Really, the question of how Murphy will do at second base has as much to do with his ability to stay healthy as his fielding prowess. Sent to Triple-A to learn second base in 2010 (again, after playing a different position for all of spring training) a takeout slide in his second game ended his 2010 season. The same thing happened at second base in 2011, with Murphy going from May 10 until August 7 without playing second base, then getting inserted mid-game at the position after injuries had left the Mets short-handed. An inning later, his season was over again.
Atlanta’s Dan Uggla, whose offensive profile is similar to Murphy’s has made a career of fielding just well enough at second base to keep himself in the lineup. He’s made two all-star teams, and is in the second year of a five-year, $62 million contract.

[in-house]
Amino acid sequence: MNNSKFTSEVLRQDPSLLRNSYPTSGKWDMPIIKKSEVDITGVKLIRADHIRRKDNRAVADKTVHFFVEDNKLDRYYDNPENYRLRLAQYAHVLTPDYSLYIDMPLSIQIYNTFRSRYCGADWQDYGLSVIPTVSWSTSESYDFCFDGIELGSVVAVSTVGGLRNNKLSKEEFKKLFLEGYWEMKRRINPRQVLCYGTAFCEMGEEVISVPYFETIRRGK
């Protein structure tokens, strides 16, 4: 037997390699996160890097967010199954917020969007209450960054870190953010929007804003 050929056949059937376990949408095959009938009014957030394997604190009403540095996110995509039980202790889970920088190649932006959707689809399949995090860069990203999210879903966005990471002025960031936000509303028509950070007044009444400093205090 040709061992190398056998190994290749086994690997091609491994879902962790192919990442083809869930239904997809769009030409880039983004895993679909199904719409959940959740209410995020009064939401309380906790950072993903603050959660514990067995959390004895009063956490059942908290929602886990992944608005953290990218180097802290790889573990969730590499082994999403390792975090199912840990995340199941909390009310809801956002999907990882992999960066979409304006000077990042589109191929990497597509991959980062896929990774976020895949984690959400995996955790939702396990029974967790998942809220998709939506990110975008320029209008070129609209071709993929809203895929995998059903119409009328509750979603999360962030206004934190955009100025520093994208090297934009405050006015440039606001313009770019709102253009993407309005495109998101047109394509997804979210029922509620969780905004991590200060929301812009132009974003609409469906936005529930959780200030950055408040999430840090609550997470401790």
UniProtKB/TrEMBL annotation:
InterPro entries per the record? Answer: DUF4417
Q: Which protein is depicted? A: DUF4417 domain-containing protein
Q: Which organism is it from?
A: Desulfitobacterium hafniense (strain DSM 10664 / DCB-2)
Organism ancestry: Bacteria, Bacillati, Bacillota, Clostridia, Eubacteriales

If Murphy can merely field as well as Uggla, he could do as much as Uggla has for himself and his team. If Murphy plays defense like he did last night, it’s possible that he could do a great deal more.